PRLog - Sep. 1, 2011 - ORMOND BEACH, Fla. -- ORANGE CITY – In July of 2000, DeBary resident Raymond Rauch started going to Cardiac Rehab at Florida Hospital Fish Memorial. Now, 11 years later, Rauch and the hospital staff are celebrating his 1,000 visit to the hospital’s rehab program.
Ray Rauch at Florida Hospital Fish Memorial
Initially, Rauch’s physician Dr. Willis, Florida Heart Group encouraged him to go to cardiac rehab because in 1990 he had Coronary Artery Bypass Grafts X 5 (CABG X 5), a type of heart surgery where 5 vessels were bypassed
He believes traveling the two miles to Florida Hospital Fish Memorial for cardiac rehab 1,000 times has saved his life.
“If it wasn’t for rehab, I’d have been planted a long time ago,” Rauch said.
At Florida Hospital Fish Memorial, cardiac rehabilitation staff members, including an exercise physiologist, certified respiratory therapists and cardiac nurses, lead participants through a personalized exercise program designed for their specific heart problems. Heart patients are carefully supervised throughout the one-hour exercise sessions, which focus on cardiovascular health, muscular strength and flexibility.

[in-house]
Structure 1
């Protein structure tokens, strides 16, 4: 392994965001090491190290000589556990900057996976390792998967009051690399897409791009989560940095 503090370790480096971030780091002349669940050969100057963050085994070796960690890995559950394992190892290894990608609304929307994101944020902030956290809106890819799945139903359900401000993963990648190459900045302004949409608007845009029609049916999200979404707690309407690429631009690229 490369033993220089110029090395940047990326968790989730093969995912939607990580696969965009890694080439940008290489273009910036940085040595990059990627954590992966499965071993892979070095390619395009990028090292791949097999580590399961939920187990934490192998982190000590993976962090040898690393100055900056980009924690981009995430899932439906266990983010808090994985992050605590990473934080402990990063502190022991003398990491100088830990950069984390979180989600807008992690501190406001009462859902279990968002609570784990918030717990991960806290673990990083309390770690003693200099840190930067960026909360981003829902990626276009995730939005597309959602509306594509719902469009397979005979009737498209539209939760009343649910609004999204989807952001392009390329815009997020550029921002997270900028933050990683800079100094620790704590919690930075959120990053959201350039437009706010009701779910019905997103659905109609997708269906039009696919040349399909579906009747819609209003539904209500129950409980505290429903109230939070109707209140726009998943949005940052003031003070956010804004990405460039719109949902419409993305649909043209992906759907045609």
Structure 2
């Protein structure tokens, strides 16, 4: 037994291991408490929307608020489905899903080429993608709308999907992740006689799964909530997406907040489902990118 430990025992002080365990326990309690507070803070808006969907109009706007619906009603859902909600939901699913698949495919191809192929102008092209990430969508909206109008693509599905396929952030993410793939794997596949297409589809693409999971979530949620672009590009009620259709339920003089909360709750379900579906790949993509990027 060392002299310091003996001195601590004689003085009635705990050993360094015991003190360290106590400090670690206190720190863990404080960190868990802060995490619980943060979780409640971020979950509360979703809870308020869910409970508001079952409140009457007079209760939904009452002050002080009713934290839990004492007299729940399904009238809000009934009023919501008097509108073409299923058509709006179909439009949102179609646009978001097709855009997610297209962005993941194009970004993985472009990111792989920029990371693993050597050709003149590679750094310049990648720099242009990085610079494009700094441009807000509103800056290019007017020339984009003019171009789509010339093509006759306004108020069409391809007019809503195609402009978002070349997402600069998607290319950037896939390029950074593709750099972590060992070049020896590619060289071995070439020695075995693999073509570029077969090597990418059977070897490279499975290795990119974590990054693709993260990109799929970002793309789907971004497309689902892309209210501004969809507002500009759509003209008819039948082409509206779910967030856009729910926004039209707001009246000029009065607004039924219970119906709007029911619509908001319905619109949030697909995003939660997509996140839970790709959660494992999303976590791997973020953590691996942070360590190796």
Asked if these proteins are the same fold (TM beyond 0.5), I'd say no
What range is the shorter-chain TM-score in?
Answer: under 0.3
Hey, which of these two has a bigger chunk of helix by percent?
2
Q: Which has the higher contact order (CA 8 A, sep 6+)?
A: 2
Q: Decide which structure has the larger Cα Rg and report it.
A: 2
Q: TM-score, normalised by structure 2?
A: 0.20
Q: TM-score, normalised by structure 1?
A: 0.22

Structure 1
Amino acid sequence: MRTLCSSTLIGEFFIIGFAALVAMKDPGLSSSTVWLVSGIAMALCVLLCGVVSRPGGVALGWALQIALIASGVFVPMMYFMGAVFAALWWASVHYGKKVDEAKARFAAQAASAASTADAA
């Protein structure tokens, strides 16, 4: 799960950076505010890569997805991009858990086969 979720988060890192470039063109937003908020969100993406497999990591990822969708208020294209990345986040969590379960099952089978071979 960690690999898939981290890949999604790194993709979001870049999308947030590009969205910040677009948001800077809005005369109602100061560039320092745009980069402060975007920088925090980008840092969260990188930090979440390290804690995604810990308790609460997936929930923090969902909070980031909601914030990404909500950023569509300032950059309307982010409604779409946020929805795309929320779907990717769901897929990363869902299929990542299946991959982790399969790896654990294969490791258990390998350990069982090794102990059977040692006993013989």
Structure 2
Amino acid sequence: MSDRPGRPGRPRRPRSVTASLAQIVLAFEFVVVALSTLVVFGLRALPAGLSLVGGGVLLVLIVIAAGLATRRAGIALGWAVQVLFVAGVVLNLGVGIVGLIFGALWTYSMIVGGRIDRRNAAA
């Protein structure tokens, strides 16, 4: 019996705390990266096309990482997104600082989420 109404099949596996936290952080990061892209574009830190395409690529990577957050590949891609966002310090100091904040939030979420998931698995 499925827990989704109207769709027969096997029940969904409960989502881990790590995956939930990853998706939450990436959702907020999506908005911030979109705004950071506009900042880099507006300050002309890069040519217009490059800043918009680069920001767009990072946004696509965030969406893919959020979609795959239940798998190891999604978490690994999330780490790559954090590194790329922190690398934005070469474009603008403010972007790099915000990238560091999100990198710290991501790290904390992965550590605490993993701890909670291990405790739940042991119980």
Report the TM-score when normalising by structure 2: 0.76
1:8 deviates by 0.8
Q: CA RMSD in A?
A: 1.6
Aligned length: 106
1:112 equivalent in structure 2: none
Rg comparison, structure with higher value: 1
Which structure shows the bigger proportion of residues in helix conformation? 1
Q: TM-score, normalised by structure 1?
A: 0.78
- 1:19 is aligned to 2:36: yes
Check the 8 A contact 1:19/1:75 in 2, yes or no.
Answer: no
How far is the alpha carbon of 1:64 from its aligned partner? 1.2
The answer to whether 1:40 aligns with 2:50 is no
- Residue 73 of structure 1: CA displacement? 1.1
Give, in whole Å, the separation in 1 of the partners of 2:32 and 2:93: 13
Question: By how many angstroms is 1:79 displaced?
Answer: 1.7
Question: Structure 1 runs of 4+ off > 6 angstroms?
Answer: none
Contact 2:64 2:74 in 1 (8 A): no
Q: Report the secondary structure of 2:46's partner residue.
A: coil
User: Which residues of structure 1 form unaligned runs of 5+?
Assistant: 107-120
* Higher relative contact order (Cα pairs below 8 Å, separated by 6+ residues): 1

Each week, Rauch exercises on the treadmill and stationary bike and, over time, he noticed some big changes.
“I got back some of my strength,” he said. “I have more stamina and more energy now.”
Also, Rauch takes comfort in knowing the skilled staff are standing by, ready to help him in an instant should he need it.
“While I’ve been there, I’ve seen two people have heart attacks in rehab,” he said. “They [the staff] impressed me with their fast reactions and made me feel better, knowing that if I had a heart attack, I’d be well taken care of.”
Rauch is Florida Hospital Fish Memorial’s twelfth person to achieve this milestone at the Wellness Center.
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Florida Hospital Volusia/Flagler is a nonprofit hospital system with a mission to extend the healing ministry of Christ. With five hospitals in Volusia & Flagler County, it is the largest hospital system in the area, caring for 650,000 patients annually.